So even at the height of the 1970s global cooling scare, some scientists were warning of warming due to increasing CO2, but many more were talking about aerosol-induced cooling.

    Talk about keeping one’s options open!


  7. Raff, you ask me what I would do to address wilderness destruction. I don’t have many answers and I’m not a politician but I would certainly suggest that some sort of effective legal protection is put in place for the remaining large wilderness areas. I say effective because I think the paper points out that half of logging operations are illegal anyway. I would certainly examine what are the main drivers of wilderness destruction so that those driving forces could be mitigated or at least diverted into other outlets where they would cause less damage.

    Liked by 1 person

  8. “Many more”, Jaime Jessop? Can you prove that or even provide a little evidence? Watts’ list is of magazine articles, not scientific papers.

    More to the point of the post, what is your proposal for addressing wilderness destruction.


  9. So a ban on resource (oil, gas, minerals) extracting in wilderness areas would suit you, Jaime? No Arctic drilling, no African coal mines or copper mines etc. Is that the sort of thing?


  10. Raff, are there ecologically important forests in the Arctic? Is all of Africa classed as ecologically important wilderness? A balance has to be struck between sensible exploitation of natural resources and rampant destruction of wilderness. It may be the case that a complete ban on mining operations in wilderness areas is not necessary if strict controls are in place and adhered to. I don’t know. What I do know is, if humanity is incapable as a species of achieving the aforementioned balance, then we’re in trouble, obviously.

    I’m not going to trawl through all the science papers which postulated anthropogenic aerosol cooling. There were more than a few. Our departed warmist friend Stephen Schneider originally plumped for an Ice Age when he co-authored this paper in 1971. But the nasty cooling went away, so he settled on the ‘settled science’ of GHG warming instead.


  11. How strange that Raff repeatedly demands to know Jaime’s solution to “wilderness destruction” when he is unable to produce any answers to halting emissions of greenhouse gases. Why the imbalance?

    Liked by 1 person

  12. “are there ecologically important forests in the Arctic?”

    If you think wilderness = forest, you have misunderstood, which is somewhat strange for someone writing an article about wilderness. Of course there needs to be balance, but you are very unclear about concrete for addressing wilderness destruction that are not being taken because of action (or talk about action) on climate change. You write an article about it, so you must have given it some thought – why not share those thoughts?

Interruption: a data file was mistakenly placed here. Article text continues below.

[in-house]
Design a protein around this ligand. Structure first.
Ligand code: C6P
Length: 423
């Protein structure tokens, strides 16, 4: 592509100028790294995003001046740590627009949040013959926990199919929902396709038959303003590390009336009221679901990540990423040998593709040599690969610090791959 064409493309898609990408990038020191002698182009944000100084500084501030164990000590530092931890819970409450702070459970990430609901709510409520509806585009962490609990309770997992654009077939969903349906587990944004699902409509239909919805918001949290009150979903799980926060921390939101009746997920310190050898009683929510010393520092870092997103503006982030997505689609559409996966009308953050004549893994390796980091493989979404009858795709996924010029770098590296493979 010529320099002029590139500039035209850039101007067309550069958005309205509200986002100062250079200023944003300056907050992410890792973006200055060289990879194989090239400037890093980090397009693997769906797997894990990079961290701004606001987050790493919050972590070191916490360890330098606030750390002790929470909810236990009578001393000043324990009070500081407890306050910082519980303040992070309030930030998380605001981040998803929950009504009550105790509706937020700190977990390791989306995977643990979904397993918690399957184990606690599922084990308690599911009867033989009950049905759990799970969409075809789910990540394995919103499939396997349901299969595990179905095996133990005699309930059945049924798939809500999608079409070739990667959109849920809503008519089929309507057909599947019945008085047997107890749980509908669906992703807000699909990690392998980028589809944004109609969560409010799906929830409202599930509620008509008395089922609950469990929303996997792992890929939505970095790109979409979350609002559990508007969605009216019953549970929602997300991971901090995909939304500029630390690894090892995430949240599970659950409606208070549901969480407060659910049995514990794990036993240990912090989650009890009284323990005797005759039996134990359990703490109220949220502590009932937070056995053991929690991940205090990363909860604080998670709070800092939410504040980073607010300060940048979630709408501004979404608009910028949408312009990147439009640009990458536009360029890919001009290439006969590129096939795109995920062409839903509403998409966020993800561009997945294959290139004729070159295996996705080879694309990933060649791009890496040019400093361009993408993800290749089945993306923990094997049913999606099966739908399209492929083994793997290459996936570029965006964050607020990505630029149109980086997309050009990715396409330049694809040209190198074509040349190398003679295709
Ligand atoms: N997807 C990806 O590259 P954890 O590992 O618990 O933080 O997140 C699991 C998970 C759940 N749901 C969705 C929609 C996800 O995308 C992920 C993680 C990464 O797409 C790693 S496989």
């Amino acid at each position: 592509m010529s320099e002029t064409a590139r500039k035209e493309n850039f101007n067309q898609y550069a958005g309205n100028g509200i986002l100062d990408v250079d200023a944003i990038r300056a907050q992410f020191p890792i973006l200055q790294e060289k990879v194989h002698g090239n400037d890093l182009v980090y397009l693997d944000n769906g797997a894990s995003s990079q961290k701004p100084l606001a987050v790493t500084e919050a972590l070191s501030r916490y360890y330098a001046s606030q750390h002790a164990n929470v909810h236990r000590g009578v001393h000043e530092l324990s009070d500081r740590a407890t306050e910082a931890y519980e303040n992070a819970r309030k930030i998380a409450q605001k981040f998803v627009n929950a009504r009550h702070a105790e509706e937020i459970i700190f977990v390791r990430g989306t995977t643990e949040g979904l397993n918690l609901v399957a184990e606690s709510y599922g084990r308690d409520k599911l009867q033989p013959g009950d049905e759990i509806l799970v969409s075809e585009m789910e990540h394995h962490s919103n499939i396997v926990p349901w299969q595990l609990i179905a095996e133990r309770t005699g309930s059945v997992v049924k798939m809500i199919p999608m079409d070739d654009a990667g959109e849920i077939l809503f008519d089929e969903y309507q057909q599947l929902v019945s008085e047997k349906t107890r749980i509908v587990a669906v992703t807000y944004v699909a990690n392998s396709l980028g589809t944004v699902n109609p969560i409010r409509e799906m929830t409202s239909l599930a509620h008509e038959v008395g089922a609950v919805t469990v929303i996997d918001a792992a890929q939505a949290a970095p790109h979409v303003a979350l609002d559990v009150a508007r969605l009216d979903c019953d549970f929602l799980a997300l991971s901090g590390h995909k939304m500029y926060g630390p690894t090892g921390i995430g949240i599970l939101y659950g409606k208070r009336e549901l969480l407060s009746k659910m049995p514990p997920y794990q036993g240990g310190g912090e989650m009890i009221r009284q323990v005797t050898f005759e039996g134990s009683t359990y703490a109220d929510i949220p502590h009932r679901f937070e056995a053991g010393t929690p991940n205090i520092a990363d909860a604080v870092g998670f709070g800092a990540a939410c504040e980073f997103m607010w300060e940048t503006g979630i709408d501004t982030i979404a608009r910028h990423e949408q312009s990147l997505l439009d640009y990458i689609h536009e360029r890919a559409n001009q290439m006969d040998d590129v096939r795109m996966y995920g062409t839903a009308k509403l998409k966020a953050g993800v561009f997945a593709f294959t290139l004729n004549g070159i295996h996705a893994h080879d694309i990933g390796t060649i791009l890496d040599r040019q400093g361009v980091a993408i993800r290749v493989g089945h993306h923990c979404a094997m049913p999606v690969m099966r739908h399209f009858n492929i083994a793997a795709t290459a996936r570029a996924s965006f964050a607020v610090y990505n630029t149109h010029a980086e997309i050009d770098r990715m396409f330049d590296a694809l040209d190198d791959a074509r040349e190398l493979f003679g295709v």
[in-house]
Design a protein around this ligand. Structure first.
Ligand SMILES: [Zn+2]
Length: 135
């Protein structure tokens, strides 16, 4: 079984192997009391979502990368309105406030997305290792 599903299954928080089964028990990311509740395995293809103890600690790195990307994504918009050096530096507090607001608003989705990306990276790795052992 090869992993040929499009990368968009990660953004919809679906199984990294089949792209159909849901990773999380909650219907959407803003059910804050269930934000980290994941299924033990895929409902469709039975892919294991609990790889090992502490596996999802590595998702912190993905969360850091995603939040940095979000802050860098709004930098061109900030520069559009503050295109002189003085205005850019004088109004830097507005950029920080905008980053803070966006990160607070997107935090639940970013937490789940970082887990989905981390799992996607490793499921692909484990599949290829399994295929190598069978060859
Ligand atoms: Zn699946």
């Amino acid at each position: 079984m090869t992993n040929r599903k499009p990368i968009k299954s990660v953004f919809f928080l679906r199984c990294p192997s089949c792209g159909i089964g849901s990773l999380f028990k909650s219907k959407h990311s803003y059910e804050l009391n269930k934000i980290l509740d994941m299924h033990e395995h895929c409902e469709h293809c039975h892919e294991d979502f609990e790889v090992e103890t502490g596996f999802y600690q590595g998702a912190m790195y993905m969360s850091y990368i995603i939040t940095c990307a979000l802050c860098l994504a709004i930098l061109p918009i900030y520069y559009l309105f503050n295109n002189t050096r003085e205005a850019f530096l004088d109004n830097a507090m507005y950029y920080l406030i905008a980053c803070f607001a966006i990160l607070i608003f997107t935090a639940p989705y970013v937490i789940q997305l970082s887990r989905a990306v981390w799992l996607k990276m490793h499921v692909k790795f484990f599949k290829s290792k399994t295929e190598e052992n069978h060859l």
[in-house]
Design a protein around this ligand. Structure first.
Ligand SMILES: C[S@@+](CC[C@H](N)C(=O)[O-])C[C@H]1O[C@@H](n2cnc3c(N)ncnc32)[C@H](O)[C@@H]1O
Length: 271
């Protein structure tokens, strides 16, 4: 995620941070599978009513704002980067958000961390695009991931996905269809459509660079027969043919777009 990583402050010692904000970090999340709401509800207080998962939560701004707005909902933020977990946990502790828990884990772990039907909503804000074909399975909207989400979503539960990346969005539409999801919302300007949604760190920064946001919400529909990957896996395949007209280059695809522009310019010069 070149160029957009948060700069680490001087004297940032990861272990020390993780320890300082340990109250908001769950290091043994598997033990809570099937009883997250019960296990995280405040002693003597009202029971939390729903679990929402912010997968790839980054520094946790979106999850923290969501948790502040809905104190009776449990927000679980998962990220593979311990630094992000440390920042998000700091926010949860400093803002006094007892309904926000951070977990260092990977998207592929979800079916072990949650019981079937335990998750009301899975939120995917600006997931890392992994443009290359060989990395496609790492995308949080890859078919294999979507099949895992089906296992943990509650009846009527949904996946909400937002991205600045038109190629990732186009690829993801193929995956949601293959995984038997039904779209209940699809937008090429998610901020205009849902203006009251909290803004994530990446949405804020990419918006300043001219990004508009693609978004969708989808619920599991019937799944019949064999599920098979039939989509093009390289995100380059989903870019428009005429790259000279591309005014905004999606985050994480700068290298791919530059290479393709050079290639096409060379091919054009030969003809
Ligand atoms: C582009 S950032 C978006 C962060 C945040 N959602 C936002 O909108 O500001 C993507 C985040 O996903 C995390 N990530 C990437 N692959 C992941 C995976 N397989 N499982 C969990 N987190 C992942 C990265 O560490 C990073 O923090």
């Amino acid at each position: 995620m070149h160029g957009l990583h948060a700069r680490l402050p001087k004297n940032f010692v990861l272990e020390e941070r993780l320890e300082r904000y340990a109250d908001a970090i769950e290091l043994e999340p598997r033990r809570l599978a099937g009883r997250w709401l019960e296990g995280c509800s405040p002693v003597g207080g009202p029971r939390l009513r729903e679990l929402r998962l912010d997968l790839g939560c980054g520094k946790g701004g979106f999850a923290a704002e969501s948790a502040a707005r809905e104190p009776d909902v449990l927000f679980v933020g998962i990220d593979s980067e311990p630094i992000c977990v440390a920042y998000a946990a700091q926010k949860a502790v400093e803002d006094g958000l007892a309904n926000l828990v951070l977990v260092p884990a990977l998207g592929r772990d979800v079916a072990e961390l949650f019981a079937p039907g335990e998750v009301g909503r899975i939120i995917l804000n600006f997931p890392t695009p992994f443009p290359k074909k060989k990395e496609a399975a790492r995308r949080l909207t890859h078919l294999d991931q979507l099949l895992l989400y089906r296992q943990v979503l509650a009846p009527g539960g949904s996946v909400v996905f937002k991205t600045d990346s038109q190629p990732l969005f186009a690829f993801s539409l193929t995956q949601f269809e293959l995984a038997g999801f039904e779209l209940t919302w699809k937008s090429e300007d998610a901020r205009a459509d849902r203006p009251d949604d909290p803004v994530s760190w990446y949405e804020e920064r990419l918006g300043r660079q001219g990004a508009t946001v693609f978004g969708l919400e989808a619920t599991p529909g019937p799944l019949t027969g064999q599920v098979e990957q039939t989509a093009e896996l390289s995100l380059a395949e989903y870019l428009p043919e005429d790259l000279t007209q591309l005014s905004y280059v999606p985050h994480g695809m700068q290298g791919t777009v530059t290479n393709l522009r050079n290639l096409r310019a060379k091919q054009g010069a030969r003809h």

“…when he is unable to produce any answers to halting emissions of greenhouse gases.”

    Have you ever asked me to produce such answers, Man In A Barrel?


  13. “If you think wilderness = forest, you have misunderstood, which is somewhat strange for someone writing an article about wilderness.”

    No Raff, I’m well aware of what constitutes a wilderness area. If you read the paper you will notice that the map of wilderness areas encompasses large parts of the Sahara, central Australia and indeed northern hemisphere Arctic tundra. I’m pretty certain these areas are not forested. If you read the paper, you will be aware that there is a whole list of defined wilderness areas which includes deserts, grasslands, shrublands, savannah, tundra, but which specifically excludes the ice caps, hence my comment using forest just as an example. But obviously, I should have been clearer so as not to give you ‘just cause’ to question my basic understanding.

    “Of course there needs to be balance, but you are very unclear about concrete [plans?] for addressing wilderness destruction that are not being taken because of action (or talk about action) on climate change. You write an article about it, so you must have given it some thought – why not share those thoughts?”

    Struggling to interpret this sentence but, yes, I am unclear about ‘concrete’ plans to address wilderness destruction because, in actual fact, there are, as far as I know, no ‘concrete’ plans in place to stop further destruction of wilderness areas, largely on account of the fact that the threat to these wilderness areas is being ignored because of the international focus on climate change! I hope that’s clear!

    Liked by 1 person

  14. Wildernesses are precisely where people do not live. Therefore their loss is unlikely to have much effect at all on people’s actual lives.